People warn as they read the news. People warn because THEY are afraid. I think going to Venezuela and not, if you are travelling South America for example, in this time, can illuminate the kind of travellers there are. Sometimes, we all, want travelling to be easy. We get a nice comfy coach, put our music on, eat cheap food and rock up to our hostels. We meet fellow backpackers, we share a beer, visit a beach, an attraction, we briefly touch the surface of a place. I guess that’s what travelling is about in alot of places. The gringos trails, the main loop. We are there because we want to see something different and indulge ourself with something more exciting and unknown, but we do need a little help along the way, wherever we go. Places like Venezuela bring out the fire in me to get to the most untouched of places. The challenge itself, the potential cause of something wrong and the self-satisfaction are all examples of factors of why I like these kind of locations as much as the more travelled ones. Saying that, I wouldn’t go to a country at a time if I didn’t feel I would be interested in something there. My problem is, everything seems to interest me in terms of travel. Venezuela, is home to some of the most beautiful wildlife, cultivating surroundings and most exotic beaches. Coupled with its thick Latin culture, it’s passion for life and wonderful climates, being in Latin America, I think, How Could I Not Visit Here? I would only gurn regret if I didn’t, and feel a sense of guilt for ‘backpacking out’ of an opportunity. Remember, we regret more things we DIDNT do in this life, than we did. That’s my ultimate consinousne.I’m too curious and of a free spirit, a singleton at heart, selfish for myself, not to give something a go. This feeling and addictive way of living, is something I thrive on and cannot nor wish to vanish just yet.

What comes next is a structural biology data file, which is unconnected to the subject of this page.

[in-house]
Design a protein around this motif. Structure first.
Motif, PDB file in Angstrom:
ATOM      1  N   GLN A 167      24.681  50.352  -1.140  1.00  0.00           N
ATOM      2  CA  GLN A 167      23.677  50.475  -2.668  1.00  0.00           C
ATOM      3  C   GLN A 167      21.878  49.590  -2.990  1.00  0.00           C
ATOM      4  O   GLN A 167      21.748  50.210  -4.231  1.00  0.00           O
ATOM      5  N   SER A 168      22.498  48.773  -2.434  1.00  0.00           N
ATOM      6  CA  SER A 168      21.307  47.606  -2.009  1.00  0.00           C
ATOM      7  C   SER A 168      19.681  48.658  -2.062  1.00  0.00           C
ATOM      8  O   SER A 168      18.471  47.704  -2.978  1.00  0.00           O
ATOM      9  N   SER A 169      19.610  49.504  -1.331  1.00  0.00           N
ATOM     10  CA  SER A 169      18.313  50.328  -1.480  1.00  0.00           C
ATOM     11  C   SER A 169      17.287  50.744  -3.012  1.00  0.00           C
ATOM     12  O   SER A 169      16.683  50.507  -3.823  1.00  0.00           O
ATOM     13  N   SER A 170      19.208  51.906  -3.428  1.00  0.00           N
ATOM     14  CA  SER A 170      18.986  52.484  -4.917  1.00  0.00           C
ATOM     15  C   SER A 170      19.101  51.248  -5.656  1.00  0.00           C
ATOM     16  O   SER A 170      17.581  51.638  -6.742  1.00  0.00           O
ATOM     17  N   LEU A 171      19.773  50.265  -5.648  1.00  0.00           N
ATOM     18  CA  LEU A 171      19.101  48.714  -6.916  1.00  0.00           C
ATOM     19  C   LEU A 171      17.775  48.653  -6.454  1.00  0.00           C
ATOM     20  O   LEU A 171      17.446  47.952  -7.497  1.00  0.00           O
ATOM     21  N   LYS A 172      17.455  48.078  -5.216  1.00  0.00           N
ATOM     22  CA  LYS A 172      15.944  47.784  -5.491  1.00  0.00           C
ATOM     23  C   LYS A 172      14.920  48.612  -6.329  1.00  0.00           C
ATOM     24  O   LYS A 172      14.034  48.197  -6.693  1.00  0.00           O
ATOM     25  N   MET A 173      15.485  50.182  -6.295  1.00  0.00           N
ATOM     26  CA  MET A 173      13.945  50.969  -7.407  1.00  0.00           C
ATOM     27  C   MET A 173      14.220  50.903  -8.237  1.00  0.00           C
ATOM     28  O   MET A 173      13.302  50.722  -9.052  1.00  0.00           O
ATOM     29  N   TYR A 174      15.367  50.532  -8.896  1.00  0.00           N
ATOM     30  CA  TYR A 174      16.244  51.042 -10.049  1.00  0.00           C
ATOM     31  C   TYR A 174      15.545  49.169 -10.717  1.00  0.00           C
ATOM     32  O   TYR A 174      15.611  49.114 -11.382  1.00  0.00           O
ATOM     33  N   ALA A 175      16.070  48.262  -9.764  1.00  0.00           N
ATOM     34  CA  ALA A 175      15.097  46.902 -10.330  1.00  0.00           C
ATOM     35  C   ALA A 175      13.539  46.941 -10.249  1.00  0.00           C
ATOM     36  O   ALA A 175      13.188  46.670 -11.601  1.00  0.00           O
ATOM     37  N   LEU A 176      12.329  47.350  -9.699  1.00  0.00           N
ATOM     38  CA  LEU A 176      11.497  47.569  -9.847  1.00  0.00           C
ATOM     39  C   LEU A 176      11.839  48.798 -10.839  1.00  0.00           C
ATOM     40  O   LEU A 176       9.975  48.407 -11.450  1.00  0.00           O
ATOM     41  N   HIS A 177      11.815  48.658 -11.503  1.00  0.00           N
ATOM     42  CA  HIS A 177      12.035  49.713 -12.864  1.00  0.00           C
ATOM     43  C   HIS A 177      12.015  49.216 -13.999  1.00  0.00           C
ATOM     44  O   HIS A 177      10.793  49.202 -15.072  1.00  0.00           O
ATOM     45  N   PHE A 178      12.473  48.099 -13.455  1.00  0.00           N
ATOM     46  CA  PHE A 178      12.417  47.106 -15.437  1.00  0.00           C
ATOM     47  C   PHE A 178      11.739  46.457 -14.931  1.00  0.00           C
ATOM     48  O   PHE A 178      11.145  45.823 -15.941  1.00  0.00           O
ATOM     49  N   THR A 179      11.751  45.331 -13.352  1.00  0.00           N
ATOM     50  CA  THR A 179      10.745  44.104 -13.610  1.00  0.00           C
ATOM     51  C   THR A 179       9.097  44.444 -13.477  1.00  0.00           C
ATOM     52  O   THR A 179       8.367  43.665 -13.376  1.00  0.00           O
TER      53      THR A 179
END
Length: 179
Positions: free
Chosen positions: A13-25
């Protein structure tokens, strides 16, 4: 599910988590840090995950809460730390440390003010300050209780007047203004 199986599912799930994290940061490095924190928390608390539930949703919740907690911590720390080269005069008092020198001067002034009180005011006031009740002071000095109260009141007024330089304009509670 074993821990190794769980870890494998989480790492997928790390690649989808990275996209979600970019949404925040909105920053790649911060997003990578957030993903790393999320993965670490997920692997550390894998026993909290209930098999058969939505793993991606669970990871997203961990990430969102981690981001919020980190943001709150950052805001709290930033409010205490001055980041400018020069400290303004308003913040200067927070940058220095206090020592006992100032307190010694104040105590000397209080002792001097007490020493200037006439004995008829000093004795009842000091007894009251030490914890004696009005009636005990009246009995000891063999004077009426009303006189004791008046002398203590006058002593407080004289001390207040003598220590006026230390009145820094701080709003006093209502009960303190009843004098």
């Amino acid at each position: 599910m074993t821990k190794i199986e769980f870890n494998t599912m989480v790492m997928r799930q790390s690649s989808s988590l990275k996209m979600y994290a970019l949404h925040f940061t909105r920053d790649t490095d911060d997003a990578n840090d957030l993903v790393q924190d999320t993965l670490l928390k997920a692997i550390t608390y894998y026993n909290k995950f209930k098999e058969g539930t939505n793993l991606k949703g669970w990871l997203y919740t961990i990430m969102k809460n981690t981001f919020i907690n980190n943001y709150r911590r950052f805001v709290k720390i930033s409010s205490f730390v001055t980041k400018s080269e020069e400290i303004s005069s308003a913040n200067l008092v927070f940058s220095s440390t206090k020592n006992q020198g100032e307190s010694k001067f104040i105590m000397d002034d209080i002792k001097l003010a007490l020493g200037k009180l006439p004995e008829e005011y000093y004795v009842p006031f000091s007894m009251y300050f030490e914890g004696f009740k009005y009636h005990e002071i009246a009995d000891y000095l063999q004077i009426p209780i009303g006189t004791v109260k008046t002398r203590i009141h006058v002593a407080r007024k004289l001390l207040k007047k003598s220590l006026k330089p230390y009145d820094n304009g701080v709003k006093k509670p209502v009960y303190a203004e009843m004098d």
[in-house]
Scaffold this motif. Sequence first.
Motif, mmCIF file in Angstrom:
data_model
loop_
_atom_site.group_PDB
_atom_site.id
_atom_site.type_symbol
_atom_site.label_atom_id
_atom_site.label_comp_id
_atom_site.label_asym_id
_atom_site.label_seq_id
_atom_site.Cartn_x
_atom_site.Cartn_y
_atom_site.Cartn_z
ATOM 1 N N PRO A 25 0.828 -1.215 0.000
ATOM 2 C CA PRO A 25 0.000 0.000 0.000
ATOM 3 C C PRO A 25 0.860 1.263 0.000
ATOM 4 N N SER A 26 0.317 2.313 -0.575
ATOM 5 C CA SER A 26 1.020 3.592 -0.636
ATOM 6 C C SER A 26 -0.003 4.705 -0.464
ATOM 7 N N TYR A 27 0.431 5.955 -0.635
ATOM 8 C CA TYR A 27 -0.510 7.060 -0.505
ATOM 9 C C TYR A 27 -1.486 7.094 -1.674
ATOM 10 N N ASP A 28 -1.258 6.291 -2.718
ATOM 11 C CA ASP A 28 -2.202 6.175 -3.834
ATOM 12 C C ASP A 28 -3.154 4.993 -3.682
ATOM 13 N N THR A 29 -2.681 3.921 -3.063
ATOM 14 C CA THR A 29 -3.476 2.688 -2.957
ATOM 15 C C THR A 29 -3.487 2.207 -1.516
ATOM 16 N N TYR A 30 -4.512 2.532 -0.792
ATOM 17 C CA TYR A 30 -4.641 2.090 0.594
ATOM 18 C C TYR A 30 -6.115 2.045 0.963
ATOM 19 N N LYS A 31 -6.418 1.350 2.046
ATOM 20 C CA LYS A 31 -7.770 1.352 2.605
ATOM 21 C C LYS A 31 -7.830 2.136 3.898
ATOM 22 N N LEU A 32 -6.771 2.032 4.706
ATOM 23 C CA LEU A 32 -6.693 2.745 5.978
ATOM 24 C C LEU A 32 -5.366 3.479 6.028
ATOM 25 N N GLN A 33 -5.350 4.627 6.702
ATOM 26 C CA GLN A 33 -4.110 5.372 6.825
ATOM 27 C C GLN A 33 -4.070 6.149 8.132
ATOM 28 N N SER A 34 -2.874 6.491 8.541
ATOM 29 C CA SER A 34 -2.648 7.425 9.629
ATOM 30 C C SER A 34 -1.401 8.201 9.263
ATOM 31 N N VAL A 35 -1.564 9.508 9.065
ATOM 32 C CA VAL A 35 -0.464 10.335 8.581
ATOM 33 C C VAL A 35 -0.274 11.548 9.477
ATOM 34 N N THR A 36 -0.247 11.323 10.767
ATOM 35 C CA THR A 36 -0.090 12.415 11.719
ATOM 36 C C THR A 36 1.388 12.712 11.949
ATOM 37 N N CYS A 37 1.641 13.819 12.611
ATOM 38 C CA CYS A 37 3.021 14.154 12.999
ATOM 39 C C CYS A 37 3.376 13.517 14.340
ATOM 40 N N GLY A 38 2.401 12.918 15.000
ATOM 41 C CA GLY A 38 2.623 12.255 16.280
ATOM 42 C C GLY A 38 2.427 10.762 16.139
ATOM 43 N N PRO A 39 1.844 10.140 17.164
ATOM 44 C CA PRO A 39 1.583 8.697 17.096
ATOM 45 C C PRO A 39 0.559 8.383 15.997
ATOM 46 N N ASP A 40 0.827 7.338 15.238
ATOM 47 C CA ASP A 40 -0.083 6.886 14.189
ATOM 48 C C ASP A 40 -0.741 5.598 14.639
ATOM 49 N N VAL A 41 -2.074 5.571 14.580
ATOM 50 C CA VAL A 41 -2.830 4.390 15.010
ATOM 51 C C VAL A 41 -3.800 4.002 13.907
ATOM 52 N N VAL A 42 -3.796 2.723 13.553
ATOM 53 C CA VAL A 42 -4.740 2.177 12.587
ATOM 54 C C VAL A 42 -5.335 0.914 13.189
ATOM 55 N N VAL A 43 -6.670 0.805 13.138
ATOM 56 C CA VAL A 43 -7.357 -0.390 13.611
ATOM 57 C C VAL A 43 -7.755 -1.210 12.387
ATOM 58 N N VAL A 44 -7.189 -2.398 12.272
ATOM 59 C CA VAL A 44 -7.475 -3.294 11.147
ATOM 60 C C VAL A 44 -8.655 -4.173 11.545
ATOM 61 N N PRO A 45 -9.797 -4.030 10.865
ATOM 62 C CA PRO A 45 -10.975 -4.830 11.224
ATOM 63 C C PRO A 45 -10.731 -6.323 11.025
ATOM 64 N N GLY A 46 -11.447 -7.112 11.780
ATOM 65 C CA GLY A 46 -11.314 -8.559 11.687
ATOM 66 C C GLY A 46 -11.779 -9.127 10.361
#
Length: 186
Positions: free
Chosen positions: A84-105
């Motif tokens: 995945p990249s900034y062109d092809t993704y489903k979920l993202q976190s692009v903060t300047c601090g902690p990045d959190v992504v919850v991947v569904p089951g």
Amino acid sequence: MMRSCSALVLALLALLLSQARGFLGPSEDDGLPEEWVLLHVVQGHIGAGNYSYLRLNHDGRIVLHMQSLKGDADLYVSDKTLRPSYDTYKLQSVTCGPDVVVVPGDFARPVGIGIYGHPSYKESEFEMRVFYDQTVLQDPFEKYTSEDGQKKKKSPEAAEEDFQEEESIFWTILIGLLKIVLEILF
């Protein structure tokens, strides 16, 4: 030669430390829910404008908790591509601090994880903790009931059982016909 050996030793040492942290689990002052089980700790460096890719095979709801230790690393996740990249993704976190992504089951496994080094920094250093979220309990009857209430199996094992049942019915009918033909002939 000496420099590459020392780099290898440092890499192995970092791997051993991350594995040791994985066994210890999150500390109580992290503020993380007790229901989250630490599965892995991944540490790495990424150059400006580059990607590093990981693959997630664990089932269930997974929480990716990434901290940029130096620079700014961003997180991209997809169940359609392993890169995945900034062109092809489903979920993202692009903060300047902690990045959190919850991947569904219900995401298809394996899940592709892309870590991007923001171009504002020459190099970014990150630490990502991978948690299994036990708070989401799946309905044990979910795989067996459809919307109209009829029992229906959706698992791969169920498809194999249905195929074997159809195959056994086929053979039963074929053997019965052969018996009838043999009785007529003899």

I don’t speak Spanish. I mean, basic Spanish, but not intermediate. I can ask questions and respond with answers. However given destinations I’ve already travelled, my picking up on signals, explanation of things in broken words and signs, I have a fair bit of composure in sticky situations when travelling, so I feel I can pull through. And if not? Well, it’s an experience to learn from. Planning this trip, I didn’t want to enter Venezuela alone in all honesty. However, it came to the point where I would rather, giving the options of travellers I had. Sometimes being with someone can make you worry more or feel more anxious than when you are on your own, in charge of your own decisions. So I ended up here, alone.